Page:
Read and download NSTA’s growing collection of monthly journal articles exploring the Framework. Articles examine the practices, crosscutting concepts, connections to common core, and more. Watch for upcoming articles on the core ideas by Rodger Bybee, Joe Krajcik, and Michael Wysession.
Engage: If you increase the light intensity for elodea will the rate of photosynthesis increase? Let students answer this question on a sheet of paper and commit and toss their responses making sure they explain the reasoning behind their response. Explore: Then let students decide in small groups how they want to plan the investigation, collect data, and report out data. Explain: Lead a class discussion around the class findings and assist in explaining why they got the results they got. Evaluate: Return to the engagement question and let students redo their responses or back up their original response with evidence from data they collected or information gained from the lesson.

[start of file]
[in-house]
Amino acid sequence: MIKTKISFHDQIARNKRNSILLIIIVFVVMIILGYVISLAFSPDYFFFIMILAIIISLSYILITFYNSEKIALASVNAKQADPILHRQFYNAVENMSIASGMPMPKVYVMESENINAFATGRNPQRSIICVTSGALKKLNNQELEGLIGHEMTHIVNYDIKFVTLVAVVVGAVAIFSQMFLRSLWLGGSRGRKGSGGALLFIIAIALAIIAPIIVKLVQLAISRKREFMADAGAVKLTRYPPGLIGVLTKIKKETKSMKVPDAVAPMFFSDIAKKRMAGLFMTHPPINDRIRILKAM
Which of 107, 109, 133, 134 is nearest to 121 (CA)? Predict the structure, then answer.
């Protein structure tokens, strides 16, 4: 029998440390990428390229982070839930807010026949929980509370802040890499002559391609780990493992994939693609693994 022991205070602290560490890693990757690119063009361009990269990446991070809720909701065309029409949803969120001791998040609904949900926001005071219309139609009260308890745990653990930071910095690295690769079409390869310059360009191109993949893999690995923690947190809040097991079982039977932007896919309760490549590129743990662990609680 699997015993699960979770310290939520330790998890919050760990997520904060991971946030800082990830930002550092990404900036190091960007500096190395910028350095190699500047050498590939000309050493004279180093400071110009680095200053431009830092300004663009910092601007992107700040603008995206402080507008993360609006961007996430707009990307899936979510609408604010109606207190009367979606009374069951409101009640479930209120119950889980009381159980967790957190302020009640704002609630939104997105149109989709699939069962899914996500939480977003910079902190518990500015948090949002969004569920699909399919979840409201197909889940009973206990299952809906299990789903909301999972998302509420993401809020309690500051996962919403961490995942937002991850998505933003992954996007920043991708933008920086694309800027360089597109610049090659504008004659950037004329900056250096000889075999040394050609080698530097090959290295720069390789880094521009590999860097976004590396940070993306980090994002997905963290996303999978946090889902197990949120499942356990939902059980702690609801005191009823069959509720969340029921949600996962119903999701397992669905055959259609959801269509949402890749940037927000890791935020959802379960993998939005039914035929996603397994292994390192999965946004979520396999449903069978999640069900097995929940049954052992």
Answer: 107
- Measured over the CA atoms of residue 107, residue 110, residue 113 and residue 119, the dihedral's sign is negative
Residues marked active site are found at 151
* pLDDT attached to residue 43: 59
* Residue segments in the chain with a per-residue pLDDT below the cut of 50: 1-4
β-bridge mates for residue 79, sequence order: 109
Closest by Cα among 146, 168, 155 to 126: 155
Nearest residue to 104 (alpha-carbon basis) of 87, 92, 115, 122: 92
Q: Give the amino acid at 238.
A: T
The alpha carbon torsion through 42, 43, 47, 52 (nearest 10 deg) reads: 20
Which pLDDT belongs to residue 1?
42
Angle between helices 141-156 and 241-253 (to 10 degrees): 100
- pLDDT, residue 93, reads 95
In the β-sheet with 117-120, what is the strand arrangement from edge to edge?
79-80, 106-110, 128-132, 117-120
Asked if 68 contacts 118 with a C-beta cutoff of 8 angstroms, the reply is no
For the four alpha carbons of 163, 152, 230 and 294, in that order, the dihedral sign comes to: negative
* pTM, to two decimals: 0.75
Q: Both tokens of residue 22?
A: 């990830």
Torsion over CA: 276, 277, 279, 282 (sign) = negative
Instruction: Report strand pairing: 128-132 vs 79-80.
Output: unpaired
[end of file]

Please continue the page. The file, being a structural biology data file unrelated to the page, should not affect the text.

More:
Elaborate: Have students predict which areas of the world would have the greatest plant biomass, and explain the impacts that destruction of those areas could have. (Thanks Brandi Parson Williams for the elaborate idea from the #OKSci Facebook page). There also might be some great articles for students to explore in this elaboration.
NAE, AFT Partner to Build Common Core Tools:
The two national teachers’ unions have won $11 million to build an online warehouse of instructional tools for the Common Core State Standards. Student Achievement Partners, whose founders led the writing of the standards, is also a grantee. It will work with the American Federation of Teachers and the National Education Association and their teachers to build the tools and post them on Student Achievement Partners’ website. Read more about it!